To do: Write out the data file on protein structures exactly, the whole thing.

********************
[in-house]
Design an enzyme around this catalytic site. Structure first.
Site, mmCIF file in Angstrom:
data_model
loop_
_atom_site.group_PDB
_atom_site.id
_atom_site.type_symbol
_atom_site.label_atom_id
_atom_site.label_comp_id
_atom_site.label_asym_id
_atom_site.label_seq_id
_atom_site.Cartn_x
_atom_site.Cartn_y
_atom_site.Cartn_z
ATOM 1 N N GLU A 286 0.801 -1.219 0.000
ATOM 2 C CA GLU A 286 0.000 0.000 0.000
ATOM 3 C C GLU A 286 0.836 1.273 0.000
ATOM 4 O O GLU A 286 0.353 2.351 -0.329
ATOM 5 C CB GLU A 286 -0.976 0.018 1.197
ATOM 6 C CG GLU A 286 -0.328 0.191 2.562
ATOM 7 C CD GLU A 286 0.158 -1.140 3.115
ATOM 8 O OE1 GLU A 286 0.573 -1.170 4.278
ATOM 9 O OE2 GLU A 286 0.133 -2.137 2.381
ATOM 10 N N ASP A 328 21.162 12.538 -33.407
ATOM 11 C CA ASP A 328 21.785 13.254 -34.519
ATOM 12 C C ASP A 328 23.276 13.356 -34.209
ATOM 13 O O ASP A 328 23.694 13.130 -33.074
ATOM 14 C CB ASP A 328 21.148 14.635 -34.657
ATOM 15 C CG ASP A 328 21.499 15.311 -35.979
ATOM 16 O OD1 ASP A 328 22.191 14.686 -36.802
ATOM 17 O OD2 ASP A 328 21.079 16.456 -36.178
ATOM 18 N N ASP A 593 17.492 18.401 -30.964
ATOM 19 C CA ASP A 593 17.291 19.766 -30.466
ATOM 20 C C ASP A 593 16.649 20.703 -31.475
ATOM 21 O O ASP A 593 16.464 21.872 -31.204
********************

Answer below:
[in-house]
Design an enzyme around this catalytic site. Structure first.
Site, mmCIF file in Angstrom:
data_model
loop_
_atom_site.group_PDB
_atom_site.id
_atom_site.type_symbol
_atom_site.label_atom_id
_atom_site.label_comp_id
_atom_site.label_asym_id
_atom_site.label_seq_id
_atom_site.Cartn_x
_atom_site.Cartn_y
_atom_site.Cartn_z
ATOM 1 N N GLU A 286 0.801 -1.219 0.000
ATOM 2 C CA GLU A 286 0.000 0.000 0.000
ATOM 3 C C GLU A 286 0.836 1.273 0.000
ATOM 4 O O GLU A 286 0.353 2.351 -0.329
ATOM 5 C CB GLU A 286 -0.976 0.018 1.197
ATOM 6 C CG GLU A 286 -0.328 0.191 2.562
ATOM 7 C CD GLU A 286 0.158 -1.140 3.115
ATOM 8 O OE1 GLU A 286 0.573 -1.170 4.278
ATOM 9 O OE2 GLU A 286 0.133 -2.137 2.381
ATOM 10 N N ASP A 328 21.162 12.538 -33.407
ATOM 11 C CA ASP A 328 21.785 13.254 -34.519
ATOM 12 C C ASP A 328 23.276 13.356 -34.209
ATOM 13 O O ASP A 328 23.694 13.130 -33.074
ATOM 14 C CB ASP A 328 21.148 14.635 -34.657
ATOM 15 C CG ASP A 328 21.499 15.311 -35.979
ATOM 16 O OD1 ASP A 328 22.191 14.686 -36.802
ATOM 17 O OD2 ASP A 328 21.079 16.456 -36.178
ATOM 18 N N ASP A 593 17.492 18.401 -30.964
ATOM 19 C CA ASP A 593 17.291 19.766 -30.466
ATOM 20 C C ASP A 593 16.649 20.703 -31.475
ATOM 21 O O ASP A 593 16.464 21.872 -31.204